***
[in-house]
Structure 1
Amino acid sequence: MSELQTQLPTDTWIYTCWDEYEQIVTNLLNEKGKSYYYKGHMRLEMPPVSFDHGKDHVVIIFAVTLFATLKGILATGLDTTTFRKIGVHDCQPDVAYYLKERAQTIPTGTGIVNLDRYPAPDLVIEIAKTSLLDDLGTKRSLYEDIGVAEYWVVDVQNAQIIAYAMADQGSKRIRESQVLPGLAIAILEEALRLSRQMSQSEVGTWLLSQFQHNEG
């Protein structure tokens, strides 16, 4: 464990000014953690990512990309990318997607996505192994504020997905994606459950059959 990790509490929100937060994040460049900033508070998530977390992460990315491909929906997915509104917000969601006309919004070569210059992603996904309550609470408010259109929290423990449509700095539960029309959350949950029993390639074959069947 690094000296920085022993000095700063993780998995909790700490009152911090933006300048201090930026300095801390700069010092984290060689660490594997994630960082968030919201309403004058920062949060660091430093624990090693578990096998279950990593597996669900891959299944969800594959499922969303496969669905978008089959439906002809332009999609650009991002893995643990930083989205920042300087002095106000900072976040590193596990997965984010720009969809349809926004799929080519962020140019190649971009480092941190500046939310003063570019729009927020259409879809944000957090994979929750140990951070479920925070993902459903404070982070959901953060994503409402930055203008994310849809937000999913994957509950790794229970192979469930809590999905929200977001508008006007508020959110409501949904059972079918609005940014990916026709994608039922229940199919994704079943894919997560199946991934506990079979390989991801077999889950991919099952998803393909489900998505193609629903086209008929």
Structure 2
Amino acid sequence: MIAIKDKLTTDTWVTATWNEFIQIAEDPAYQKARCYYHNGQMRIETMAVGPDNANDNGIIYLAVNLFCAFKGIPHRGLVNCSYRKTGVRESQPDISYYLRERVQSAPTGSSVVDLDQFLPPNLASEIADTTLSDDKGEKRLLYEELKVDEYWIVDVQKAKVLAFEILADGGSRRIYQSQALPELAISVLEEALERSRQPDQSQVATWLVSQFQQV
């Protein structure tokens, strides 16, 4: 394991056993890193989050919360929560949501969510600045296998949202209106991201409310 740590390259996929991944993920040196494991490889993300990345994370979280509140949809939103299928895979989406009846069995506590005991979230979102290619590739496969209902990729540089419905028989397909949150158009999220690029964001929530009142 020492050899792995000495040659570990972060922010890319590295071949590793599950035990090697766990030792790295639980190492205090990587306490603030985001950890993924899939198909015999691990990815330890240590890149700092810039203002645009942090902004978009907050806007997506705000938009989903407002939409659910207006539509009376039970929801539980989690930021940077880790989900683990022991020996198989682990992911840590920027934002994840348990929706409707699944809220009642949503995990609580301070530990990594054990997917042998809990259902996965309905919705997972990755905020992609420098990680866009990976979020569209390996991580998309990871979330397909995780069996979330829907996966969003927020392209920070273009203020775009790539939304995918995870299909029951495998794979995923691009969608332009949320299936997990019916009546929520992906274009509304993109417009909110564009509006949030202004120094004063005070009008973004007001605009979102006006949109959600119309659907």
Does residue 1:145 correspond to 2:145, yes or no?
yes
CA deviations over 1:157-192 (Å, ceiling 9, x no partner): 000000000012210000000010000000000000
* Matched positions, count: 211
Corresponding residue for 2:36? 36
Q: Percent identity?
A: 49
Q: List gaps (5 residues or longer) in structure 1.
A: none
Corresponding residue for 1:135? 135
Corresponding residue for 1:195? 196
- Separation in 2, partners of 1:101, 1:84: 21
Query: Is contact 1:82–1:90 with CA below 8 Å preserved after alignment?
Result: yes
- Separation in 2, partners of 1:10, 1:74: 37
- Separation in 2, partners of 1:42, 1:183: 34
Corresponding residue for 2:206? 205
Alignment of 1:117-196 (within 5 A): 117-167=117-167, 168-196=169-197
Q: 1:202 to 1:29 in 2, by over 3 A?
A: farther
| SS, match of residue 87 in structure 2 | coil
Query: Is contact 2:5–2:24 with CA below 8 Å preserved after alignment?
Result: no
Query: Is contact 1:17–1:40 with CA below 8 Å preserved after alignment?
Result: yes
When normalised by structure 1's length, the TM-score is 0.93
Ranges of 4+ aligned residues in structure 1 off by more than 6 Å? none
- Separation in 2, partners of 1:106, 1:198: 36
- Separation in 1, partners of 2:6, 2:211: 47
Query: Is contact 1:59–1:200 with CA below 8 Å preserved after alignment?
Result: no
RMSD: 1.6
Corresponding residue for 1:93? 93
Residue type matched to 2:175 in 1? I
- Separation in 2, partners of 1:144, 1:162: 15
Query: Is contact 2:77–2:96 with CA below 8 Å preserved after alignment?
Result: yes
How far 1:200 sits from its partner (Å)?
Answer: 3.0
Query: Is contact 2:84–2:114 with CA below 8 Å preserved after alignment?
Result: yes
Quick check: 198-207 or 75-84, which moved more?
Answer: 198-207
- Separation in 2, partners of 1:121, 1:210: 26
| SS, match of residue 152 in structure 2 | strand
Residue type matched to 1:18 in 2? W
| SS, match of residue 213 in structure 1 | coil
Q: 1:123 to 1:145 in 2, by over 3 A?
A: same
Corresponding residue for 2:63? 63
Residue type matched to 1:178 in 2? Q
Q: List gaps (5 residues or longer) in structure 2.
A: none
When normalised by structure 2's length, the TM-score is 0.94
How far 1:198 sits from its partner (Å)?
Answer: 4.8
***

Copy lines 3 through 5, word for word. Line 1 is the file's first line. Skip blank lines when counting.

Amino acid sequence: MSELQTQLPTDTWIYTCWDEYEQIVTNLLNEKGKSYYYKGHMRLEMPPVSFDHGKDHVVIIFAVTLFATLKGILATGLDTTTFRKIGVHDCQPDVAYYLKERAQTIPTGTGIVNLDRYPAPDLVIEIAKTSLLDDLGTKRSLYEDIGVAEYWVVDVQNAQIIAYAMADQGSKRIRESQVLPGLAIAILEEALRLSRQMSQSEVGTWLLSQFQHNEG
């Protein structure tokens, strides 16, 4: 464990000014953690990512990309990318997607996505192994504020997905994606459950059959 990790509490929100937060994040460049900033508070998530977390992460990315491909929906997915509104917000969601006309919004070569210059992603996904309550609470408010259109929290423990449509700095539960029309959350949950029993390639074959069947 690094000296920085022993000095700063993780998995909790700490009152911090933006300048201090930026300095801390700069010092984290060689660490594997994630960082968030919201309403004058920062949060660091430093624990090693578990096998279950990593597996669900891959299944969800594959499922969303496969669905978008089959439906002809332009999609650009991002893995643990930083989205920042300087002095106000900072976040590193596990997965984010720009969809349809926004799929080519962020140019190649971009480092941190500046939310003063570019729009927020259409879809944000957090994979929750140990951070479920925070993902459903404070982070959901953060994503409402930055203008994310849809937000999913994957509950790794229970192979469930809590999905929200977001508008006007508020959110409501949904059972079918609005940014990916026709994608039922229940199919994704079943894919997560199946991934506990079979390989991801077999889950991919099952998803393909489900998505193609629903086209008929």
Structure 2